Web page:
State Ed. Agencies Make Cuts, but Protect Key Areas

By Sean Cavanagh — February 07, 2012 2 min read
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Many state education agencies have seen their budgets cut over the past year, though they have also protected personnel working in “key school reform areas,” such as providing help to struggling schools and developing new teacher-evaluation systems, a new survey has found.

Twenty-six of 37 states, plus the District of Columbia, that responded to a survey by the Center on Education Policy said they had made cuts during the 2011-12 school year.

State officials do not expect the 2012-13 school year to be much better: While just 13 of them project more cuts in their education agencies’ operating budgets, only four of them expect to see an increase in funding, according to the CEP, a research and policy organization in Washington.

“As these state responsibilities increase, SEA staff with relevant expertise are likely to be stretched very thin,” the report says. “It remains to be seen whether SEAs will have the funding and staff to effectively carry out these duties.”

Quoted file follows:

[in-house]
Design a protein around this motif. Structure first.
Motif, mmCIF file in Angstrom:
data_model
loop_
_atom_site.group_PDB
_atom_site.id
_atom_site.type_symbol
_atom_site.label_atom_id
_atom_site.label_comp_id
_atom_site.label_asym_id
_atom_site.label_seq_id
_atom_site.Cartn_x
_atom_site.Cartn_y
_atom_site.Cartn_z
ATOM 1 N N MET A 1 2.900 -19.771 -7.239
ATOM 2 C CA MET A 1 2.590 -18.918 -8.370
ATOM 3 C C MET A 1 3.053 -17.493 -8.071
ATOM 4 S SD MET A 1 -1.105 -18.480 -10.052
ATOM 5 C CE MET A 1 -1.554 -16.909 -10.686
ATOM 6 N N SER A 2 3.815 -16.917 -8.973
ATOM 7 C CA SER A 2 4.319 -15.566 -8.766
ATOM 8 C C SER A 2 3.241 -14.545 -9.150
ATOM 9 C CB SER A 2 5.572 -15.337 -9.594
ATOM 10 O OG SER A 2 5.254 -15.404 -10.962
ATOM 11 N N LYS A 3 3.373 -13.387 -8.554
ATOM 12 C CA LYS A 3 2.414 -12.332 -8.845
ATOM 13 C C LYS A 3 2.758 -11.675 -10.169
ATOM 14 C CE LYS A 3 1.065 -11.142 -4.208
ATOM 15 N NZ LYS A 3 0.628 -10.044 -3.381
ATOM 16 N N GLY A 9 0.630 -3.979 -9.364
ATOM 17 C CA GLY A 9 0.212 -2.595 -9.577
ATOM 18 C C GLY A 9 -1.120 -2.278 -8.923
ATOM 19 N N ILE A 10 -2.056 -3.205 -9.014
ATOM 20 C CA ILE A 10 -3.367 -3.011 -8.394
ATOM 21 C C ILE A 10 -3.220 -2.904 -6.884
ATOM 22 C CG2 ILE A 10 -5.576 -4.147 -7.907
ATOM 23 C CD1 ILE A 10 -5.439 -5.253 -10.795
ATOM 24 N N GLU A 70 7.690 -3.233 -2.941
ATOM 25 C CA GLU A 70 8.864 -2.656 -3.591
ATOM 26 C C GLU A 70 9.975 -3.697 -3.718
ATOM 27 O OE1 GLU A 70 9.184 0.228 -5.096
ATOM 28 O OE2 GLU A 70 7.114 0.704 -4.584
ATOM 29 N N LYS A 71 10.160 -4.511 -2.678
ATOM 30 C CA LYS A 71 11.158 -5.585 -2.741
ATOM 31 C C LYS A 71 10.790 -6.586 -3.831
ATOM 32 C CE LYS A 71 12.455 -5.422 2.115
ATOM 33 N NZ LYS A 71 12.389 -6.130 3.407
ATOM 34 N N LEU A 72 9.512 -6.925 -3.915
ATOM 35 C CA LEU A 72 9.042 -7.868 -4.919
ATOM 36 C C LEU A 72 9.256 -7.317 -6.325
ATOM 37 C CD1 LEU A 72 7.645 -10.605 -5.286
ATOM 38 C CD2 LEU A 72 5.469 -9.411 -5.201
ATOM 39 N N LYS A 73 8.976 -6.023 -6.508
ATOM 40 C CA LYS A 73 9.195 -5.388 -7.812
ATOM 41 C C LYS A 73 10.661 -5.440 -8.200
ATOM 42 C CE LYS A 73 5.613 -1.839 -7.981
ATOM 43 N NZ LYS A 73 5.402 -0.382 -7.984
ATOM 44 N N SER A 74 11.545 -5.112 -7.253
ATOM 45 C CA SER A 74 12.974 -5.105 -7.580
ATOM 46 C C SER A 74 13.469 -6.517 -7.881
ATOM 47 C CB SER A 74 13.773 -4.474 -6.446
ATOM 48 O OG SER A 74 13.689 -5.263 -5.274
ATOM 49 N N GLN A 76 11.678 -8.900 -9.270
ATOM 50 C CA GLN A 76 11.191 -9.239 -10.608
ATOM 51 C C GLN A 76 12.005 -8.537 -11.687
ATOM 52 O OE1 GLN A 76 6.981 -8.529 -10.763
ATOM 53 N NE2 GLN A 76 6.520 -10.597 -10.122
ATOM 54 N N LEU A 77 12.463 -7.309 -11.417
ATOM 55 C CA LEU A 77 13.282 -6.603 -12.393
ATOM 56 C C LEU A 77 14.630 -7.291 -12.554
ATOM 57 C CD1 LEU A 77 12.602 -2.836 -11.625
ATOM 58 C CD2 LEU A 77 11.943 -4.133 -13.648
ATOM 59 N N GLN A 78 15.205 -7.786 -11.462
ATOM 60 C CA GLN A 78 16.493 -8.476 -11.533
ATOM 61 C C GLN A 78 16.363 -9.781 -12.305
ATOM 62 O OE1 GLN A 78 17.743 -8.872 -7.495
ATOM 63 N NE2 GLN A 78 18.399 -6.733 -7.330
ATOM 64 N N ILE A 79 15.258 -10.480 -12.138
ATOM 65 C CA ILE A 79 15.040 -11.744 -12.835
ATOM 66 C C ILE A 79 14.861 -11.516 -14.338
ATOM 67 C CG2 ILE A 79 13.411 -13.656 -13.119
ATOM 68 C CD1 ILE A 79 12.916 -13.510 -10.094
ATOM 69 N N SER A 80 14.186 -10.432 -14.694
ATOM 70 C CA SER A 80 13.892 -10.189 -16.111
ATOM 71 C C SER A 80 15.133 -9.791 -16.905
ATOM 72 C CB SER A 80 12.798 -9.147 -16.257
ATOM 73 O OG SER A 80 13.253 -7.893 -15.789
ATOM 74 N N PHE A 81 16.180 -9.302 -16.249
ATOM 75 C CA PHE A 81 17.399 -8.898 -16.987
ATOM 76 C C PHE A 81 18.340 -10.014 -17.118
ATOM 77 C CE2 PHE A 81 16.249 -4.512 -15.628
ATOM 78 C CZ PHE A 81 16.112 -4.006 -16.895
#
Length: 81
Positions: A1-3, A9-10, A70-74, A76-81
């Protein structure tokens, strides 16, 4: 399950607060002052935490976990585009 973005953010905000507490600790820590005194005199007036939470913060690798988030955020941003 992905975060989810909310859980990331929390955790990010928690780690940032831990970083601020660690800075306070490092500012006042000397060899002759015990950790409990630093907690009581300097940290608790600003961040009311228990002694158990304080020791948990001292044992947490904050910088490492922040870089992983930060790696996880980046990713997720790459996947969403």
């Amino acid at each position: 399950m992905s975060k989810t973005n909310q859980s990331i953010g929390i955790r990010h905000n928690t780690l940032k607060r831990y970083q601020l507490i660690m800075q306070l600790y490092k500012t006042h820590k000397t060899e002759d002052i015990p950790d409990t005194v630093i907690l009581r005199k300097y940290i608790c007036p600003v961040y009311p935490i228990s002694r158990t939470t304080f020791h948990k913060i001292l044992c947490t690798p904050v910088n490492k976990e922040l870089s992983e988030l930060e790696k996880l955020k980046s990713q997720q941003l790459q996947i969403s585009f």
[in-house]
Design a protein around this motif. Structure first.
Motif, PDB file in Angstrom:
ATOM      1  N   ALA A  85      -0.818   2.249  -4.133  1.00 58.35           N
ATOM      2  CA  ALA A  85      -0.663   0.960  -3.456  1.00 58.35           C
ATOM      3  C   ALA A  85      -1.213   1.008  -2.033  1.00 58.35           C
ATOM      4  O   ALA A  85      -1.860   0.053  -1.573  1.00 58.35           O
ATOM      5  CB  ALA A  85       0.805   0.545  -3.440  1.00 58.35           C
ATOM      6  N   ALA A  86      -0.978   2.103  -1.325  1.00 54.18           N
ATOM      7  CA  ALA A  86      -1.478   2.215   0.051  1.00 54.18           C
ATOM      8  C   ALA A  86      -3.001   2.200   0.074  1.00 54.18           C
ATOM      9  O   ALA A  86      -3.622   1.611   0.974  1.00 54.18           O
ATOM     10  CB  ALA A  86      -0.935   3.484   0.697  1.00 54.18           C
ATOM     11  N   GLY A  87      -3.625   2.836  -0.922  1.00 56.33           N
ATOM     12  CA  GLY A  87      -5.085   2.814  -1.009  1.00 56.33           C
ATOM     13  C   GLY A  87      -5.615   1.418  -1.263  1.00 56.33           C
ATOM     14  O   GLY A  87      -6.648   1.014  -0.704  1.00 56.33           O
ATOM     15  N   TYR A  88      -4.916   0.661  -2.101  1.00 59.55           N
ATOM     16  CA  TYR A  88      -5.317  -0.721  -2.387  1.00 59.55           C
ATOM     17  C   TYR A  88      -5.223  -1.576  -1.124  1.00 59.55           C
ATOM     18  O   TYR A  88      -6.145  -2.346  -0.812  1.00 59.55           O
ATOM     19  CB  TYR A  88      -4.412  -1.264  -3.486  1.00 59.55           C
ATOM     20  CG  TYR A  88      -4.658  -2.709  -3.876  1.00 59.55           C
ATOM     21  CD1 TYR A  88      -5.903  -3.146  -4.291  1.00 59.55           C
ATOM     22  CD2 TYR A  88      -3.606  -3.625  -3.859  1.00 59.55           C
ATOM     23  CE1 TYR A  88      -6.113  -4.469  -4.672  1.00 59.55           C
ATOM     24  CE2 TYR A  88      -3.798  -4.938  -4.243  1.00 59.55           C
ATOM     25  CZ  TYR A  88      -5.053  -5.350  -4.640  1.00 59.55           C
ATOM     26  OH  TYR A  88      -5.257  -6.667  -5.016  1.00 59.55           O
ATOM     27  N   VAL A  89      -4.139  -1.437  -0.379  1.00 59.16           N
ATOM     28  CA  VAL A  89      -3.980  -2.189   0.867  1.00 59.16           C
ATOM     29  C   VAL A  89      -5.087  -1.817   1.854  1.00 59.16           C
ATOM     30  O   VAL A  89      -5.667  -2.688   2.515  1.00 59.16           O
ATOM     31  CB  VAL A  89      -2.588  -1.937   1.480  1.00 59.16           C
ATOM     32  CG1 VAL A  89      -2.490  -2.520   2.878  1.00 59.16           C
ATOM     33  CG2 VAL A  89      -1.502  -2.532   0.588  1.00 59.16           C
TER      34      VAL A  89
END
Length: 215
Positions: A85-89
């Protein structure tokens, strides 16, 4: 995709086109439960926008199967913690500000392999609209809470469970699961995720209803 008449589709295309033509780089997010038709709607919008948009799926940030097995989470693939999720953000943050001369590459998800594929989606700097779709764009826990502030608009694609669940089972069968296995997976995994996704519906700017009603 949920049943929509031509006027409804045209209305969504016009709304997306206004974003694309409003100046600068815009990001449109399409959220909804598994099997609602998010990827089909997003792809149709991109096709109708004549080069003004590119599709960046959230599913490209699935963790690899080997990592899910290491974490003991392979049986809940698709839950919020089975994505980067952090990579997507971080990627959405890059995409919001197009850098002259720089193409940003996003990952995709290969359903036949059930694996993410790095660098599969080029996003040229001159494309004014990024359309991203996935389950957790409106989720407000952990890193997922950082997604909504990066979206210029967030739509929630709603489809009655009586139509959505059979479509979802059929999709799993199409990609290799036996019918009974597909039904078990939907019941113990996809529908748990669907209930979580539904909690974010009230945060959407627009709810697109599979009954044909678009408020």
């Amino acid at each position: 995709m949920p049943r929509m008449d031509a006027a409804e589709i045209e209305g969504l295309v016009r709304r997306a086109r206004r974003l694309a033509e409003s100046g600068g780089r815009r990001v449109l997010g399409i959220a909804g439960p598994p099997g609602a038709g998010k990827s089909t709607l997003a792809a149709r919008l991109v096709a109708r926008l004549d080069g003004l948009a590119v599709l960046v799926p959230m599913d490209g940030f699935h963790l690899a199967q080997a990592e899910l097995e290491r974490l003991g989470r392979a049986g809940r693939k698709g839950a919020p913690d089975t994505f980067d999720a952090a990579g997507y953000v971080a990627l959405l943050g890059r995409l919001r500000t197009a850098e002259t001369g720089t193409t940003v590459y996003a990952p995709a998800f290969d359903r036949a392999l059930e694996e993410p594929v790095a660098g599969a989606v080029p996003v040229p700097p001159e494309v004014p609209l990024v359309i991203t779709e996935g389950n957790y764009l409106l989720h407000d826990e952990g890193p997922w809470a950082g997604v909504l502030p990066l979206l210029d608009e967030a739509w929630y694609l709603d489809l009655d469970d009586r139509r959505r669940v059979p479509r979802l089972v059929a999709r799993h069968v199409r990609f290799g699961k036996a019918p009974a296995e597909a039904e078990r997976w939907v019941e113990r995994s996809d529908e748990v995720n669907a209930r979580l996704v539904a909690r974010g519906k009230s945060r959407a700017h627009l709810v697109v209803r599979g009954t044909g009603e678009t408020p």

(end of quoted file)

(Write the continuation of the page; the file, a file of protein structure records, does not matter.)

When those 26 states cut spending, that often meant leaving open positions unfilled or laying people off. Yet despite those pressures, state agencies also made an effort to create safe harbors from budget-cutting for areas they deemed crucial.

Eighteen states, for instance, reported increasing the number of staff providing support to low-performing schools in 2011-2012 school year—which corresponds with the 2012 fiscal year—while 17 kept personnel levels the same in that area.

Fifteen states reported boosting the number of personnel working on the development and implementation of new educator evaluation systems, while 17 kept the same number of staff in place. Twelve states boosted staffing on the development of new statewide data systems, while 22 kept it level. Ten increased staffing for the development of common-core standards, and another 20 kept the staffing level the same.

When states education agencies were forced to cut jobs, many of them reported doing so through attrition—meaning they left vacant spots unfilled—rather than firing people.

While fewer states project increasing the number of staff who work on key education areas in the months ahead, the majority anticipate at least maintaining the current number of people working on those issues, the CEP found.

The CEP also released another report today on how states are responding to the drying up of federal stimulus funding. See my colleague Alyson Klein’s item on Politics K-12 for more details.

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A version of this news article first appeared in the State EdWatch blog.